P8
211.03
211.59
Fuel Cost (in Thousand Rs)
13877.947
13721.500

CONCLUSION
This paper presents a new approach of considering real time efficiency as an inequality constraint to solve the economical load dispatch problem in thermal power plants. The efficiency of individual operating units is formulated as Penalty Factors ( ) of respective units. These penalty factors are utilized to economically distribute the total power demand ( ) among individual operating units in order to achieve minimum fuel cost. A comparison analysis has been done on two different test systems comprises 6 and 8 generating units for two cases i.e. i) without taking efficiency and ii) with taking efficiency. Table II and IV shows the comparison between fuel costs obtained for above two cases. From the respective tables, it is seen that if efficiency is taken in to consideration, the power generation from individual operating units are improved proportional to penalty factors (which are calculated through turbine, boiler and generator efficiencies of respective operating units). From Table II and
IV, it is seen that taking efficiency in to consideration results in net saving (in terms of rupees) to the plant as a whole but it is not always possible. In some of the cases, by taking efficiency as an operating constraint, the total fuel cost may get increased by a small amount but this small increase in fuel cost is justified as at the same time the generation from various operating units are improved (i.e. if efficiency of any unit is poor, contribution from that unit is decreased accordingly and viceversa). If a unit is operating at normal loading with poor efficiency, it results in high rejection from fuel, unstable flame condition, high amount of flyash particles in furnace and increase in loading on PA fans etc which causes sudden tripping and reduces the useful life an efficiency of various boiler auxiliaries and the plant as a whole. Therefore, it is desirable to operate the unit with poor efficiency at near lower limits in order to maintain the fuel stock and efficiency of the power plant.

REFERENCES


P. Aravindhababu and K.R. Nayar, Economic dispatch based on optimal lambda using radial basis function network, Elect. Power Energy Syst,. 24 (2002), pp. 551556.

Happ H. H., Optimal power dispatch a comprehensive survey. IEEE Transection on Power Apparatus and Systems, Vol PAS96. No. 3, MayJune, 1977.

Ramanathan R., Fast economic dispatch based on the penalty factors from Newtons method, IEEE Transection on Power Apparatus and Systems, Vol PAS104. No. 7, July 1985.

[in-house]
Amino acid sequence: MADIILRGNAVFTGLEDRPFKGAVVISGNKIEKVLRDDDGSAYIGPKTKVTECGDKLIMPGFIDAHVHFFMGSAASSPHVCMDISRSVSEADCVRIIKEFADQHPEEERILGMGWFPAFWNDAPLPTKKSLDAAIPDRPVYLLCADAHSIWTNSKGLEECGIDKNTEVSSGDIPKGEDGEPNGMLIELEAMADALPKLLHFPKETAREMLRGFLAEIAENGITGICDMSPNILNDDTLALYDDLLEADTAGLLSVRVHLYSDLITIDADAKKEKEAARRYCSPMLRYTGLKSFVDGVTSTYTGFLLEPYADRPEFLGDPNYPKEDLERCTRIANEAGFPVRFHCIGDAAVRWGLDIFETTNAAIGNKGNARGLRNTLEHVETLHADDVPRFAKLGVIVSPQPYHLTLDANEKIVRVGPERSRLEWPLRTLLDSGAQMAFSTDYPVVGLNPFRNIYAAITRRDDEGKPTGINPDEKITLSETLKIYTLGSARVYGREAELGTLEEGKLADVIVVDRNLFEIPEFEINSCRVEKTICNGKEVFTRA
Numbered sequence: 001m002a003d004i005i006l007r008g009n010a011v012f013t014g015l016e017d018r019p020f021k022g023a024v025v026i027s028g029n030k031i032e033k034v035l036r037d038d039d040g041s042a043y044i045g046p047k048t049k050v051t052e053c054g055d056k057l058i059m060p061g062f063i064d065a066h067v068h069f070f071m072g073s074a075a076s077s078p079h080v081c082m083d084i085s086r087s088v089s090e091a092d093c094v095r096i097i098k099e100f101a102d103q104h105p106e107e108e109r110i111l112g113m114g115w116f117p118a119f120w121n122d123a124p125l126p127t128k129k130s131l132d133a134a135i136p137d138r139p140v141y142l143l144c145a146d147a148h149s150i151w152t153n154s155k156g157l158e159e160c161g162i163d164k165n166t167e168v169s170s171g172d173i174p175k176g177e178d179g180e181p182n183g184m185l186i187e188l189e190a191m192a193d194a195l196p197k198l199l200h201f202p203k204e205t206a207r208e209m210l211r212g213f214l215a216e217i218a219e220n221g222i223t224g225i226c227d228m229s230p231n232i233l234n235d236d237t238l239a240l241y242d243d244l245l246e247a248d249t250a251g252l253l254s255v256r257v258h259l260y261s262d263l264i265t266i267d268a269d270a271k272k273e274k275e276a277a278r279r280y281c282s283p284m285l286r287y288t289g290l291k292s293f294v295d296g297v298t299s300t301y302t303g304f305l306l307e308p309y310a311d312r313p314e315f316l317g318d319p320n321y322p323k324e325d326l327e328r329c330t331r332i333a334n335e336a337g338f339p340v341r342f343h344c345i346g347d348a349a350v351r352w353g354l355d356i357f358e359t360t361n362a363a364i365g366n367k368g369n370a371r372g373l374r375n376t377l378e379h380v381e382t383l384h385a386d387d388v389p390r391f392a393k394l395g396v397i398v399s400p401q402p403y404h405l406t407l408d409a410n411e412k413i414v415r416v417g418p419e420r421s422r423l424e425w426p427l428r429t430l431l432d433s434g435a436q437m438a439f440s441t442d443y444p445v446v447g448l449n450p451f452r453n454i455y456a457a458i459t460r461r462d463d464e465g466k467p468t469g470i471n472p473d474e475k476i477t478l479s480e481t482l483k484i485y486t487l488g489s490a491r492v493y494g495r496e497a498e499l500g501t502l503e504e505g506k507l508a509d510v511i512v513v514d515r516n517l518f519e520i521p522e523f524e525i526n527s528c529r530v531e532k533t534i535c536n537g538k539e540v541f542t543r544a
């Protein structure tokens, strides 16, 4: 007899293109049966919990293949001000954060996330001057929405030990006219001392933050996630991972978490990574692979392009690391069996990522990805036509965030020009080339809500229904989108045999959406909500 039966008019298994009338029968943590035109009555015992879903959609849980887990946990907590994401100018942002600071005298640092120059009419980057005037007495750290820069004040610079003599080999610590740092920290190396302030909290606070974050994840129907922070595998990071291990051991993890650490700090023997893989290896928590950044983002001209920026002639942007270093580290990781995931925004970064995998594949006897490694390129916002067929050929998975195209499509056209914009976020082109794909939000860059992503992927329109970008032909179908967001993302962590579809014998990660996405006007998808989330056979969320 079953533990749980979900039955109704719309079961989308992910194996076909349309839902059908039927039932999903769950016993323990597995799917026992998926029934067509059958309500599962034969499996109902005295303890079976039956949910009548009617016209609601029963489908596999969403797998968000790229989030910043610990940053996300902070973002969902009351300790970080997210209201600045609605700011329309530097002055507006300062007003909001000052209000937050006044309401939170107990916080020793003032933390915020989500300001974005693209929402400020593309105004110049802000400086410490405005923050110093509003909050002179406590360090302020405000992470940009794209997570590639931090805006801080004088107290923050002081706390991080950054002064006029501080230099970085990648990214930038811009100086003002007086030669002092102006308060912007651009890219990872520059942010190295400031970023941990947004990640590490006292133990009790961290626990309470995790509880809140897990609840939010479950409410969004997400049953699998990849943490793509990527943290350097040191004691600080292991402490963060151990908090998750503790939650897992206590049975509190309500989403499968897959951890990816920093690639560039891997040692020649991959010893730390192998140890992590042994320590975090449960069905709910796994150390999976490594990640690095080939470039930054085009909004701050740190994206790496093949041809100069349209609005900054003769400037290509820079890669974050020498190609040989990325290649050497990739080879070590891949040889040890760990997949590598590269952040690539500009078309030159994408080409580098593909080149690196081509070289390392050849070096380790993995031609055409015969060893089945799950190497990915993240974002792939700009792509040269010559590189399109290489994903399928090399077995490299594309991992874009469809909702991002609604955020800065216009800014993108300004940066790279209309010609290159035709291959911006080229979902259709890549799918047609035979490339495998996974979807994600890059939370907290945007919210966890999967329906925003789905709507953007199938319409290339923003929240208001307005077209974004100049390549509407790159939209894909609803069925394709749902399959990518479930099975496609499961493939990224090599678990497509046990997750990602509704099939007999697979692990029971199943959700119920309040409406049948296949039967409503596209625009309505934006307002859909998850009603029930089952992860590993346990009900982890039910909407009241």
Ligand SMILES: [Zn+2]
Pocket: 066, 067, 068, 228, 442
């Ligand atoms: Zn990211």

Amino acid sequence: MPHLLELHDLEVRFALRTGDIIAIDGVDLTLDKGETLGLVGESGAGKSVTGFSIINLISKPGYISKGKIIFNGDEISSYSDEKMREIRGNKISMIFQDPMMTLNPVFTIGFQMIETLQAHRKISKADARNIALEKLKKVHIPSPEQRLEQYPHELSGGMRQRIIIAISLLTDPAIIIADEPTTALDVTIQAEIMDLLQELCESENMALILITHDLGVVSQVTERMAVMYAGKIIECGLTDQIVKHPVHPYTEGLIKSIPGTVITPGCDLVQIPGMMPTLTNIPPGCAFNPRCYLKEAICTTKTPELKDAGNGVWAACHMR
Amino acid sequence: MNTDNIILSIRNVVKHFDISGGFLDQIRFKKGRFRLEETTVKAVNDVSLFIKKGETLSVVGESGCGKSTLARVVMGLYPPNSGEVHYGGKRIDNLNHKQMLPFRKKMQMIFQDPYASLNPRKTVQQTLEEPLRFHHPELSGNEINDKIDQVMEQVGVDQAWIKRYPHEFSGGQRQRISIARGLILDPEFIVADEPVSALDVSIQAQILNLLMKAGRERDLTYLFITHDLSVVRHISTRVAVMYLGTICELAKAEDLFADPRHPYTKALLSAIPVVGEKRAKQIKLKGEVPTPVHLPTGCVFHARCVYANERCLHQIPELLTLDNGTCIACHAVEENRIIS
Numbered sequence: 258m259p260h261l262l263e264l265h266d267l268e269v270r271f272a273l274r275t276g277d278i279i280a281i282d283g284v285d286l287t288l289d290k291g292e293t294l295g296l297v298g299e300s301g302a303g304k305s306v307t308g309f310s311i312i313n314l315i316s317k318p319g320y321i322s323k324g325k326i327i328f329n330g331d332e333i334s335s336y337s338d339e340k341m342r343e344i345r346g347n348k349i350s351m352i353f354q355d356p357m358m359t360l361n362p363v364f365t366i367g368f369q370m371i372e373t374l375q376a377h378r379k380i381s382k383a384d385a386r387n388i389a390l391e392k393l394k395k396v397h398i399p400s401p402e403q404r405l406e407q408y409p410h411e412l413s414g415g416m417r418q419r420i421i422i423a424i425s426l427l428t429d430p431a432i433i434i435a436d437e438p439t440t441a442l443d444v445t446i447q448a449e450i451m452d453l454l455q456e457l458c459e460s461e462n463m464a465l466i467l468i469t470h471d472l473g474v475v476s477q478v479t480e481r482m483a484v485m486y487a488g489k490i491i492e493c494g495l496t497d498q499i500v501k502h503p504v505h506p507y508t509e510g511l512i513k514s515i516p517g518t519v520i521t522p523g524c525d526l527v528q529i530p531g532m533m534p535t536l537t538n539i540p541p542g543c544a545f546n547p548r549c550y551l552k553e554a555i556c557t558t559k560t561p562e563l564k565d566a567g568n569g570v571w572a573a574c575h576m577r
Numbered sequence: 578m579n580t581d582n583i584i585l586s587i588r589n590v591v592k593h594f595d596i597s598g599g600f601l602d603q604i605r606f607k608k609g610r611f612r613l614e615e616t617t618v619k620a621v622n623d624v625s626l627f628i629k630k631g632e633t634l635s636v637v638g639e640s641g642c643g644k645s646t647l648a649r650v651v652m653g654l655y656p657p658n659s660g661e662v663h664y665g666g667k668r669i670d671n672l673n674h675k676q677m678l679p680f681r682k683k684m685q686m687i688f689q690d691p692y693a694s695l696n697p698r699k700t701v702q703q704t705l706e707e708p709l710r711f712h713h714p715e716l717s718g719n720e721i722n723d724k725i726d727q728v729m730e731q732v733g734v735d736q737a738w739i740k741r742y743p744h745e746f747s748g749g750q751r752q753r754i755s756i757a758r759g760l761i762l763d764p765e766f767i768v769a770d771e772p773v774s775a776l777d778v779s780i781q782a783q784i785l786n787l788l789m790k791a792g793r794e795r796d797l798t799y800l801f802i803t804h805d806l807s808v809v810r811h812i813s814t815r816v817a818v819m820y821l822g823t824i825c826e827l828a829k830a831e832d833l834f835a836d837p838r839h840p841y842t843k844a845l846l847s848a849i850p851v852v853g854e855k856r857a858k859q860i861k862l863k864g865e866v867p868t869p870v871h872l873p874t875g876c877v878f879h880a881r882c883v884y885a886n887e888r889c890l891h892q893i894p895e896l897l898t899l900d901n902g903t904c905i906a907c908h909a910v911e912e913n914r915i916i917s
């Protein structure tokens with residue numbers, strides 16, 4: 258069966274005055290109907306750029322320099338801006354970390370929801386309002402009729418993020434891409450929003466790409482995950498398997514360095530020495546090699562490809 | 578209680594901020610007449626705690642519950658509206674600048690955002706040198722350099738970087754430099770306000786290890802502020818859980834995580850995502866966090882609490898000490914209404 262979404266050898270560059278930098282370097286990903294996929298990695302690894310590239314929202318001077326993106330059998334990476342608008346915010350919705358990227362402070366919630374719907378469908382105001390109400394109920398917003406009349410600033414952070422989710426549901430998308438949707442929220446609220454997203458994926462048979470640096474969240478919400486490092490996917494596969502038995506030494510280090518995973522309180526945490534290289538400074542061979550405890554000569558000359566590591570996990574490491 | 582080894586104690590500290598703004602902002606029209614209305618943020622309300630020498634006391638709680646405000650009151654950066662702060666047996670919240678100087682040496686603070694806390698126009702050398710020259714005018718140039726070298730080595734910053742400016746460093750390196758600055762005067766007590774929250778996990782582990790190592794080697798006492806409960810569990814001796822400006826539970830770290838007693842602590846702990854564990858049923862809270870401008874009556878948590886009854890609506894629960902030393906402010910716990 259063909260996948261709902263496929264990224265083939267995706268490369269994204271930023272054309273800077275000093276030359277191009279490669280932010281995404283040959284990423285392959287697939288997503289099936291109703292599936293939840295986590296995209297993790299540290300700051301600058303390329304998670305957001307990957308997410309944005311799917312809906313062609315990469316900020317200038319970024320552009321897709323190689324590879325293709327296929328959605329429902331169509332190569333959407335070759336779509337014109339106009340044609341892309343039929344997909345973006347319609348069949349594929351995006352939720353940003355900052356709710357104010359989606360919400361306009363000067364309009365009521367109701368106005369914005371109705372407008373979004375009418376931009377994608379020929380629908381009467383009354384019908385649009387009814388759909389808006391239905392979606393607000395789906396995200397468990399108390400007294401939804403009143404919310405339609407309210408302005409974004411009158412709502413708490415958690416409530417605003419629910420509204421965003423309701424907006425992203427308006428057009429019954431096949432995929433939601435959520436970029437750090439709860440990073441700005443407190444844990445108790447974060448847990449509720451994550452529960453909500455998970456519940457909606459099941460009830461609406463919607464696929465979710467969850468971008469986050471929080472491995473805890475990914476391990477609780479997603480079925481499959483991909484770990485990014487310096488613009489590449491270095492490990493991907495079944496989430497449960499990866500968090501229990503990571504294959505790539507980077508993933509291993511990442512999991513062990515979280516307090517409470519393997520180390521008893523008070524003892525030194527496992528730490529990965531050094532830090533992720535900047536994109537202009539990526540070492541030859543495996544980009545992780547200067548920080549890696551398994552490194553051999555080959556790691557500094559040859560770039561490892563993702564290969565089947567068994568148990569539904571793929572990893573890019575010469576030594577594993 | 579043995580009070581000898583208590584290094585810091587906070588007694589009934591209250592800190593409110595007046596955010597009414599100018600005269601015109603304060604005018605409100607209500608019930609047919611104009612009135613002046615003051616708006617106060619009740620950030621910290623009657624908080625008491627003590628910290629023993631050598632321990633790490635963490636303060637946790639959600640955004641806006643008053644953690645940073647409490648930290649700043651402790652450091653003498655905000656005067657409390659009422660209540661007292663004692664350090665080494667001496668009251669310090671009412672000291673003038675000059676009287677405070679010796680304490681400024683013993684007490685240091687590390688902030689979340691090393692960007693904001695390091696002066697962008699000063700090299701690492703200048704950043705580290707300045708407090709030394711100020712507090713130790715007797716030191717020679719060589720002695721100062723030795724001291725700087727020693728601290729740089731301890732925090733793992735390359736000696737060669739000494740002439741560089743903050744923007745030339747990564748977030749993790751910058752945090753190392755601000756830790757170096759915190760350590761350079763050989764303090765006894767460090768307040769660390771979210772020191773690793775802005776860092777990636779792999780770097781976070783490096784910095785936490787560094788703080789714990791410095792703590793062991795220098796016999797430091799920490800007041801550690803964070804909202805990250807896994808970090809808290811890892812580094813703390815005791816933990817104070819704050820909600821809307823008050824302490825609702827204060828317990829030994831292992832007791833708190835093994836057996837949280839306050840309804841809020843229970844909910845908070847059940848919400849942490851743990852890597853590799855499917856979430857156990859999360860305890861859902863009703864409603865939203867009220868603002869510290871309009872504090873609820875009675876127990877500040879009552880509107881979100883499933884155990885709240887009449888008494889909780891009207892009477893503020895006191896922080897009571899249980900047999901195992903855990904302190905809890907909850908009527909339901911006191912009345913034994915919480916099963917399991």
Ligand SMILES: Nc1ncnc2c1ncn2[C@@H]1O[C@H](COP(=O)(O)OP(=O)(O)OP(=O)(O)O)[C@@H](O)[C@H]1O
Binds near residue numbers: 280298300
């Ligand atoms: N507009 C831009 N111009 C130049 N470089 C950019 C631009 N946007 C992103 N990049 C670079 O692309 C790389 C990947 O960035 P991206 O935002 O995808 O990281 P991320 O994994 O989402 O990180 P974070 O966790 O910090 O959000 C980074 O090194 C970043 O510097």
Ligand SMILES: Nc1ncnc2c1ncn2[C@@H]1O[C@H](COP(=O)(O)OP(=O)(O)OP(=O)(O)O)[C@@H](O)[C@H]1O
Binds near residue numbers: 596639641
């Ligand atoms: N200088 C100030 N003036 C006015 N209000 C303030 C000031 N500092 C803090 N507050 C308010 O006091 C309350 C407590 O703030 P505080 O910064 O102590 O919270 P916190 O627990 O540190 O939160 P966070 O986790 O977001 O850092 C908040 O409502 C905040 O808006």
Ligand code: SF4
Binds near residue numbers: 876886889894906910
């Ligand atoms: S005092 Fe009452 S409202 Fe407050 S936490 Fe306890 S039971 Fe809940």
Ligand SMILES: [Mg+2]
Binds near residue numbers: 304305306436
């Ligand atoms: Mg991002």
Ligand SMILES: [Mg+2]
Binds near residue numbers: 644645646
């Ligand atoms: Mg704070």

E. H. Chowdhury, Saifur Rahrnan, A review of recent advances in economic dispatch, IEEE Transactions on Power Systems, Vol. 5, No. 4, November 1990.

Aniruddha Bhattacharya, Member, IEEE, and Pranab Kumar Chattopadhyay, BiogeographyBased Optimization for Different Economic Load Dispatch Problems, IEEE Transactions on Power Systems, Vol. 25, no. 2, May 2010.

Yalcinoz T. and Altun H., Environmentally constrained economic dispatch via a genetic algorithm with Arithmetic crossover, IEEE 6th Africon Conference in Africa 2002, vol. 2, pp. 923 928, 2002.

Leandro dos Santos Coelho and Viviana Cocco Mariani, Combining of Chaotic Differential Evolution and Quadratic Programming for Economic Dispatch Optimization With ValvePoint Effect, IEEE Transactions on Power Systems, vol. 21, no. 2, May 2006 989.

Nidul Sinha, R. Chakrabarti, and P. K. Chattopadhyay,
Evolutionary Programming Techniques for Economic Load Dispatch IEEE Transactions on Evolutionary Computation, vol. 7, no. 1, February 2003

Y. M. Park, J. R. Won, and J. B. Park, A new approach to economic load dispatch based on improved evolutionary programming, Eng. Intell. Syst. Elect. Eng. Comm., vol. 6, no. 2, pp. 103110, June 1998.

H. T. Yang, P. C. Yang, and C. L. Huang,
Evolutionary programming based economic dispatch for units with nonsmooth fuel cost functions, IEEE Trans. Power Syst., vol. 11, no. 1, pp. 112118, Feb. 1996.

K.Senthil and K.Manikandan, Economic Thermal Power Dispatch with Emission Constraint and Valve Point Effect loading using Improved Tabu Search Algorithm, International Journal of Computer Applications (0975 8887) Volume 3 No.9, July 2010.

S. Muthu Vijaya Pandian and K. Thanushkodi,
Solving Economic Load Dispatch Problem Considering Transmission Losses by a Hybrid EP EPSO Algorithm for Solving both Smooth and Non Smooth Cost Function International Journal of Computer and Electrical Engineering, Vol. 2, No. 3, June, 2010 17938163
———